Pilots union Balpa challenges Sumburgh crash black box ruling
A ruling that investigators should hand over the black box from a North Sea helicopter crash to Scotland's top law officer is being challenged.
The cockpit voice recorder from the accident off Shetland in 2013, in which four people died, was recovered by the Air Accidents Investigation Branch.
A judge ruled it was in the public interest and the interests of justice to make it available.
The British Airline Pilots' Association (Balpa) said it had lodged an appeal.
The union's general secretary, Jim McAuslan, said: "The 2013 Super Puma accident was tragic, and it is vital the AAIB gets to the root cause and has access to whatever data it needs.
"However, providing the data to the prosecutor and the police in parallel to the AAIB's investigation cuts across everything pilots and the broader flight safety community stand for.
"We cannot stand by while the court allows that to happen without pursuing other legal avenues to highlight our concerns and question whether it is the correct approach."
'Duty to investigate'
A Crown Office spokesman said: "Following a helicopter crash off Sumburgh on 23 August 2013 in which four people died, Crown Office began an investigation into the cause of the deaths.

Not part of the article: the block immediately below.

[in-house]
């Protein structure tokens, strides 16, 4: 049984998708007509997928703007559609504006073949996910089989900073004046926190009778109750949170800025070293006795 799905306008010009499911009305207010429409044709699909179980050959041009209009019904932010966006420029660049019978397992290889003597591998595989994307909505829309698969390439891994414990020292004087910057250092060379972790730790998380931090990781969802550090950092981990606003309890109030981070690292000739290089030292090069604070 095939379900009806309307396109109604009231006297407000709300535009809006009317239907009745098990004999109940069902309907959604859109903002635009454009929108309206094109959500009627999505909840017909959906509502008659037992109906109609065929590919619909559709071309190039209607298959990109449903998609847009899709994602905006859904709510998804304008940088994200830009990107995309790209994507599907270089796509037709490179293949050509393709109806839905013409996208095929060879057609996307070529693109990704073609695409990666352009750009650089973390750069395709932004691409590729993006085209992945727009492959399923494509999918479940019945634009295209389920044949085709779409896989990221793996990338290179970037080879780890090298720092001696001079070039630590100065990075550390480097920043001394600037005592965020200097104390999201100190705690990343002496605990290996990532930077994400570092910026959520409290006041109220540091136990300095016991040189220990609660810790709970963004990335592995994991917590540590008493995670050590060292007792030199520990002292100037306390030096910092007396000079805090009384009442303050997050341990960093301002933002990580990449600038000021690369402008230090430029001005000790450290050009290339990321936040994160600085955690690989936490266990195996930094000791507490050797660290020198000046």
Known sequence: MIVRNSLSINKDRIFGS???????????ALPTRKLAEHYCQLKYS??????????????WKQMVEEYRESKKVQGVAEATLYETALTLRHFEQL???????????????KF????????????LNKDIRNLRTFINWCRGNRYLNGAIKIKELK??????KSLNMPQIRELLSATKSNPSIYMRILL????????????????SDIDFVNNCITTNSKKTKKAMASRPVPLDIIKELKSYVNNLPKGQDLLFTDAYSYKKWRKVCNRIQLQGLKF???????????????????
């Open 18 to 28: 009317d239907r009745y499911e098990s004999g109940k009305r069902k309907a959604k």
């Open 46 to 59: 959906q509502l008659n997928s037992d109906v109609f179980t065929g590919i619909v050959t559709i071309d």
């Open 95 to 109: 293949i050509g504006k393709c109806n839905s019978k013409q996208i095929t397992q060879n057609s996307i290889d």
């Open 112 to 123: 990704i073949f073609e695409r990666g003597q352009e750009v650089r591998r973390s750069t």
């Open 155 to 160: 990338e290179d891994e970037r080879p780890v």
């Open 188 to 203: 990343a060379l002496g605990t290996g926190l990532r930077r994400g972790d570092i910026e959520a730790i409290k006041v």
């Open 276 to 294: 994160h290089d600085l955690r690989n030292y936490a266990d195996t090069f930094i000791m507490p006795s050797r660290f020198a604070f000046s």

"The Crown has a duty to investigate all sudden, suspicious and unexplained deaths.
"The investigation is ongoing and the families of those who died will continue to be updated in relation to any significant developments."
Solicitors Digby Brown are representing families involved.
Partner Lisa Gregory said: "The disclosure of data from the black box will be an important development in the investigation.
"As part of the process, wider implications arising from disclosure should be considered but the overarching focus has to continue to be on those affected by the crash and their families.
"A number of individuals we represent remain concerned that what is being proposed does not go far enough and will not allow answers to crucial questions about what happened to be established."
Prosecutors have been trying to establish whether anybody could be held criminally responsible for the crash.
The Air Accidents Investigation Branch (AAIB) has the right to initial access to the cockpit voice recorder but has no discretion in handing over the material to other bodies - in this case the Crown prosecutors - unless directed by a court.
The BBC Scotland news website revealed last year an order was being sought by Lord Advocate Frank Mulholland QC at the Court of Session to access the data.
It was a rare legal move.
Lord Jones said he was satisfied that disclosing the data would have no adverse impact on current or future crash investigations - but that it could only be disclosed to the Crown Office and Police Scotland.
A total of 18 people were on board when the Super Puma crashed on its approach to Sumburgh.
Helicopter passengers Sarah Darnley from Elgin, Gary McCrossan, from Inverness, Duncan Munro, from Bishop Auckland, and George Allison, from Winchester, lost their lives.